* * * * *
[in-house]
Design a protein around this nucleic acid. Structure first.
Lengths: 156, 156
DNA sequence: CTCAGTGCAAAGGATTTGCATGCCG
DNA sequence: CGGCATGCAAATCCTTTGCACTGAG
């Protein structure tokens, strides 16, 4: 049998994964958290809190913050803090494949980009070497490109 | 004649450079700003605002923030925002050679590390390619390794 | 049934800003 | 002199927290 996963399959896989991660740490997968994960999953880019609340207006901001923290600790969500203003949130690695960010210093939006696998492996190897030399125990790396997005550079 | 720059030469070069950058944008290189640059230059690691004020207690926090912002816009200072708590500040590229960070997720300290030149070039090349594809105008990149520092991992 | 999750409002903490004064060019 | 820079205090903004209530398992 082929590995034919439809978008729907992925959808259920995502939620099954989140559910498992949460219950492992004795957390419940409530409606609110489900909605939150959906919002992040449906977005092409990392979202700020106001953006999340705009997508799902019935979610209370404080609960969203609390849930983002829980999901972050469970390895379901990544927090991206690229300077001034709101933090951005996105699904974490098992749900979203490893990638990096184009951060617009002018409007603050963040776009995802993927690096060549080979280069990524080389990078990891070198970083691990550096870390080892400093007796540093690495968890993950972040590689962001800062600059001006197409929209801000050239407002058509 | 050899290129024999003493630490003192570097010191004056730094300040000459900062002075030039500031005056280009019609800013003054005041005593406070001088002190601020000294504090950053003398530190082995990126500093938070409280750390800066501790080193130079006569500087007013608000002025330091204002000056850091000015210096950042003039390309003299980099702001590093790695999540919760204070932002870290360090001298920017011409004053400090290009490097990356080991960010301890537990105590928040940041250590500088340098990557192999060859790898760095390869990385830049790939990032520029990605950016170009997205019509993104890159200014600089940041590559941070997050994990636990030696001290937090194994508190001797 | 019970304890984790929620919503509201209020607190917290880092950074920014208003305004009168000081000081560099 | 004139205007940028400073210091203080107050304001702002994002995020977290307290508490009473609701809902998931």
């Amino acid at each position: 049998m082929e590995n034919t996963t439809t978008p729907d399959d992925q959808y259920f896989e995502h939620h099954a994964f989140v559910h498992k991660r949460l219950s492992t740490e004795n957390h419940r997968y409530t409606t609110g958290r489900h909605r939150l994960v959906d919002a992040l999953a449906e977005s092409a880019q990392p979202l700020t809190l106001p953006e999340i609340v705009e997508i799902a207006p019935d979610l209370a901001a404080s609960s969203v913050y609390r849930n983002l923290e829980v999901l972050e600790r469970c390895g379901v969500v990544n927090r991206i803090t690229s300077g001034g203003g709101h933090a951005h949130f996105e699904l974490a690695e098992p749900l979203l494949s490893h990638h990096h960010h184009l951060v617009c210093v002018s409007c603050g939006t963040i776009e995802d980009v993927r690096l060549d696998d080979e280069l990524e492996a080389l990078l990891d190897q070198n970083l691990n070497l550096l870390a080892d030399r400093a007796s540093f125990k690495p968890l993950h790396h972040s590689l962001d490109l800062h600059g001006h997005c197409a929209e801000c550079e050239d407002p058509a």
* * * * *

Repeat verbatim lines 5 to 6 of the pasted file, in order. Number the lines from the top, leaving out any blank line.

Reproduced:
DNA sequence: CGGCATGCAAATCCTTTGCACTGAG
């Protein structure tokens, strides 16, 4: 049998994964958290809190913050803090494949980009070497490109 | 004649450079700003605002923030925002050679590390390619390794 | 049934800003 | 002199927290 996963399959896989991660740490997968994960999953880019609340207006901001923290600790969500203003949130690695960010210093939006696998492996190897030399125990790396997005550079 | 720059030469070069950058944008290189640059230059690691004020207690926090912002816009200072708590500040590229960070997720300290030149070039090349594809105008990149520092991992 | 999750409002903490004064060019 | 820079205090903004209530398992 082929590995034919439809978008729907992925959808259920995502939620099954989140559910498992949460219950492992004795957390419940409530409606609110489900909605939150959906919002992040449906977005092409990392979202700020106001953006999340705009997508799902019935979610209370404080609960969203609390849930983002829980999901972050469970390895379901990544927090991206690229300077001034709101933090951005996105699904974490098992749900979203490893990638990096184009951060617009002018409007603050963040776009995802993927690096060549080979280069990524080389990078990891070198970083691990550096870390080892400093007796540093690495968890993950972040590689962001800062600059001006197409929209801000050239407002058509 | 050899290129024999003493630490003192570097010191004056730094300040000459900062002075030039500031005056280009019609800013003054005041005593406070001088002190601020000294504090950053003398530190082995990126500093938070409280750390800066501790080193130079006569500087007013608000002025330091204002000056850091000015210096950042003039390309003299980099702001590093790695999540919760204070932002870290360090001298920017011409004053400090290009490097990356080991960010301890537990105590928040940041250590500088340098990557192999060859790898760095390869990385830049790939990032520029990605950016170009997205019509993104890159200014600089940041590559941070997050994990636990030696001290937090194994508190001797 | 019970304890984790929620919503509201209020607190917290880092950074920014208003305004009168000081000081560099 | 004139205007940028400073210091203080107050304001702002994002995020977290307290508490009473609701809902998931």